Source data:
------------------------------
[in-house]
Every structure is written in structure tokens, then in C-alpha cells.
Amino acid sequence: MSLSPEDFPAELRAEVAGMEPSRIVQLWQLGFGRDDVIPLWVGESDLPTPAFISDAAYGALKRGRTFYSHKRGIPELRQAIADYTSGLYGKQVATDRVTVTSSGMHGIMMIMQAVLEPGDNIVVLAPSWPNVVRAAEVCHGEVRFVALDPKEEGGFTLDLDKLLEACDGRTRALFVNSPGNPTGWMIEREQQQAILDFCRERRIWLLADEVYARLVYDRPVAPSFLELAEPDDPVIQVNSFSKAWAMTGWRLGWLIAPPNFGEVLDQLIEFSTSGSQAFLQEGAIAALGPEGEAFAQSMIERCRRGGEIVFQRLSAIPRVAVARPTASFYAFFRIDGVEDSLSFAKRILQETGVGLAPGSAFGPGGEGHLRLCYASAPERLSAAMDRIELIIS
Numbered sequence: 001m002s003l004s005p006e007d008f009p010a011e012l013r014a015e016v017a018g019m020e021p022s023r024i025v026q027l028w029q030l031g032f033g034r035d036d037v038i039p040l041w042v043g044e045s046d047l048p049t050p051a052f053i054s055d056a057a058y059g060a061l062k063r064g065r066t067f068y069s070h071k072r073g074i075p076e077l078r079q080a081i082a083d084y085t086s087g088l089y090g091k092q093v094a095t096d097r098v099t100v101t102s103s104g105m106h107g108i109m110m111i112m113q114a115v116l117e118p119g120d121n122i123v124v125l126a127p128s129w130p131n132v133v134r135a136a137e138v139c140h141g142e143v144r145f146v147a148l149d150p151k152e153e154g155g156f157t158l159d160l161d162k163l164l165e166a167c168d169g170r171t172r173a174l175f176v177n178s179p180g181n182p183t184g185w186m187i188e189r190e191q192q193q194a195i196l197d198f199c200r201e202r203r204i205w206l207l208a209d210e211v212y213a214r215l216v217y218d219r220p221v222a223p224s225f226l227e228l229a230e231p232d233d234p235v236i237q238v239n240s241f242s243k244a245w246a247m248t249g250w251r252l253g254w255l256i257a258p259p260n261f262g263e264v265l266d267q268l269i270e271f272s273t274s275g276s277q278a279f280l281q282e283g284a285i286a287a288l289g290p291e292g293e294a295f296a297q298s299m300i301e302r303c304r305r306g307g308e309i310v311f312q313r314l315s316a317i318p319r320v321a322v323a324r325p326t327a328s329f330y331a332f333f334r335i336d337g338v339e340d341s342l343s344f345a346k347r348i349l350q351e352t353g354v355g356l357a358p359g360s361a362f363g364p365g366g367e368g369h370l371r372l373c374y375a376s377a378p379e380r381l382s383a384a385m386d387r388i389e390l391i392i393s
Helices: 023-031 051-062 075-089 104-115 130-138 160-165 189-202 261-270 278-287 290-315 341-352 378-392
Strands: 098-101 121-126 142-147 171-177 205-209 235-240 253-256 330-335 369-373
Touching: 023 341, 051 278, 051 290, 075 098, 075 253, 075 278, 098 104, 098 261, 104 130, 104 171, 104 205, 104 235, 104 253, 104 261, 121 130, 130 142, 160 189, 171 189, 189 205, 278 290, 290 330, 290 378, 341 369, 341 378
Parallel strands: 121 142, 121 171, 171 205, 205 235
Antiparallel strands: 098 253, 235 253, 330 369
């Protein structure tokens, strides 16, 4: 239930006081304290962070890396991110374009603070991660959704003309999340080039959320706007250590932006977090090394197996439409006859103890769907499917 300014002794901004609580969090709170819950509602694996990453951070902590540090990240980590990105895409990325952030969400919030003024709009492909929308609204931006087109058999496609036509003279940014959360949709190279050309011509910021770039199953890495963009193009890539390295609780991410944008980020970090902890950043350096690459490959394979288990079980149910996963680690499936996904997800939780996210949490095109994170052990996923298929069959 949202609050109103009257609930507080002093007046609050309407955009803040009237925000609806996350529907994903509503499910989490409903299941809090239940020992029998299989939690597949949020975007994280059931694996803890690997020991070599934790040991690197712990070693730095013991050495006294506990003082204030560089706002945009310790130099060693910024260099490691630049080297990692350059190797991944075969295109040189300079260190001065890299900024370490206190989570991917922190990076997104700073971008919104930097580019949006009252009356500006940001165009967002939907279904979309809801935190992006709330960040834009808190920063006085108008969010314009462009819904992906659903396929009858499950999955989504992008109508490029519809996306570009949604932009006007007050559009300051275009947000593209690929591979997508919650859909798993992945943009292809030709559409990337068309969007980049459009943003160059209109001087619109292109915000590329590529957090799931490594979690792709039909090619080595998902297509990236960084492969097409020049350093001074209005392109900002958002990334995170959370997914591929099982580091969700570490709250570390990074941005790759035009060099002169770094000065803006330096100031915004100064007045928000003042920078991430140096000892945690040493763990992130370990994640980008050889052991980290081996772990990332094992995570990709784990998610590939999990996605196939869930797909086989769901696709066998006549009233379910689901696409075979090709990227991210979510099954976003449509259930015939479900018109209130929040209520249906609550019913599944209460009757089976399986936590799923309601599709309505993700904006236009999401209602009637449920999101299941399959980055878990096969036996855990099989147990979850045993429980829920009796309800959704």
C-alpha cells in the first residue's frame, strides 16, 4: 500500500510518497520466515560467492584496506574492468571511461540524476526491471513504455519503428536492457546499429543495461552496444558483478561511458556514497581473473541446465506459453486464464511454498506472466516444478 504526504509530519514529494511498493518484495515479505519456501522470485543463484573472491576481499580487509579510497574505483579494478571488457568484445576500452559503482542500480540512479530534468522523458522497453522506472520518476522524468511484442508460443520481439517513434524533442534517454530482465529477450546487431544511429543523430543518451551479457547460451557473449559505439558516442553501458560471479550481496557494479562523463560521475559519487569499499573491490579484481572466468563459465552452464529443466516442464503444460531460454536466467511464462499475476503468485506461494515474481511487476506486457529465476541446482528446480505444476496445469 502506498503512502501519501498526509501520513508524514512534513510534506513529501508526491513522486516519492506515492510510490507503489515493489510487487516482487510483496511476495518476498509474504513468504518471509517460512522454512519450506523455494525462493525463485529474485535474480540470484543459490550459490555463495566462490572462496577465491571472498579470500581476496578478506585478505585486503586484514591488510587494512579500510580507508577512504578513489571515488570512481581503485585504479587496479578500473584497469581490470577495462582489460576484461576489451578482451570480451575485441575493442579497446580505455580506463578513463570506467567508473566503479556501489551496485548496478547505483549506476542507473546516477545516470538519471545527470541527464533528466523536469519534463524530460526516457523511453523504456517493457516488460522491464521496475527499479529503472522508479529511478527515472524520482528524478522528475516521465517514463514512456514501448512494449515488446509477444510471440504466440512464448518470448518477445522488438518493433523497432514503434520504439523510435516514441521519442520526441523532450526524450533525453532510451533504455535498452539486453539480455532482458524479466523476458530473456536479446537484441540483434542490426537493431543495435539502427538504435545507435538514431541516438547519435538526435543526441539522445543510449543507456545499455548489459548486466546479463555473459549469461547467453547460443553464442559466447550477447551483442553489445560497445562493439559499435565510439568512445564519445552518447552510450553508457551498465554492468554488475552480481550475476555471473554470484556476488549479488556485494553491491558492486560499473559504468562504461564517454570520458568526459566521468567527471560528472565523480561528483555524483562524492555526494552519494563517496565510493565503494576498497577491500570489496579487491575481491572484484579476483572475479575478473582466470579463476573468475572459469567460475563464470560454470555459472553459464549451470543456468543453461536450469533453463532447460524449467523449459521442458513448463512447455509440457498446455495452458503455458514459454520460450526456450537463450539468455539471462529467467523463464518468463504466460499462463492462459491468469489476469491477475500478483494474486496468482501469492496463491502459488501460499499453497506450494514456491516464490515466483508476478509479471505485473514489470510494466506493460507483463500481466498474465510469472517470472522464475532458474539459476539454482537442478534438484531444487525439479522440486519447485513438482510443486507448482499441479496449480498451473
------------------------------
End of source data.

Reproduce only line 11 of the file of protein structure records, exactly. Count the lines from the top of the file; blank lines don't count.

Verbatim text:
C-alpha cells in the first residue's frame, strides 16, 4: 500500500510518497520466515560467492584496506574492468571511461540524476526491471513504455519503428536492457546499429543495461552496444558483478561511458556514497581473473541446465506459453486464464511454498506472466516444478 504526504509530519514529494511498493518484495515479505519456501522470485543463484573472491576481499580487509579510497574505483579494478571488457568484445576500452559503482542500480540512479530534468522523458522497453522506472520518476522524468511484442508460443520481439517513434524533442534517454530482465529477450546487431544511429543523430543518451551479457547460451557473449559505439558516442553501458560471479550481496557494479562523463560521475559519487569499499573491490579484481572466468563459465552452464529443466516442464503444460531460454536466467511464462499475476503468485506461494515474481511487476506486457529465476541446482528446480505444476496445469 502506498503512502501519501498526509501520513508524514512534513510534506513529501508526491513522486516519492506515492510510490507503489515493489510487487516482487510483496511476495518476498509474504513468504518471509517460512522454512519450506523455494525462493525463485529474485535474480540470484543459490550459490555463495566462490572462496577465491571472498579470500581476496578478506585478505585486503586484514591488510587494512579500510580507508577512504578513489571515488570512481581503485585504479587496479578500473584497469581490470577495462582489460576484461576489451578482451570480451575485441575493442579497446580505455580506463578513463570506467567508473566503479556501489551496485548496478547505483549506476542507473546516477545516470538519471545527470541527464533528466523536469519534463524530460526516457523511453523504456517493457516488460522491464521496475527499479529503472522508479529511478527515472524520482528524478522528475516521465517514463514512456514501448512494449515488446509477444510471440504466440512464448518470448518477445522488438518493433523497432514503434520504439523510435516514441521519442520526441523532450526524450533525453532510451533504455535498452539486453539480455532482458524479466523476458530473456536479446537484441540483434542490426537493431543495435539502427538504435545507435538514431541516438547519435538526435543526441539522445543510449543507456545499455548489459548486466546479463555473459549469461547467453547460443553464442559466447550477447551483442553489445560497445562493439559499435565510439568512445564519445552518447552510450553508457551498465554492468554488475552480481550475476555471473554470484556476488549479488556485494553491491558492486560499473559504468562504461564517454570520458568526459566521468567527471560528472565523480561528483555524483562524492555526494552519494563517496565510493565503494576498497577491500570489496579487491575481491572484484579476483572475479575478473582466470579463476573468475572459469567460475563464470560454470555459472553459464549451470543456468543453461536450469533453463532447460524449467523449459521442458513448463512447455509440457498446455495452458503455458514459454520460450526456450537463450539468455539471462529467467523463464518468463504466460499462463492462459491468469489476469491477475500478483494474486496468482501469492496463491502459488501460499499453497506450494514456491516464490515466483508476478509479471505485473514489470510494466506493460507483463500481466498474465510469472517470472522464475532458474539459476539454482537442478534438484531444487525439479522440486519447485513438482510443486507448482499441479496449480498451473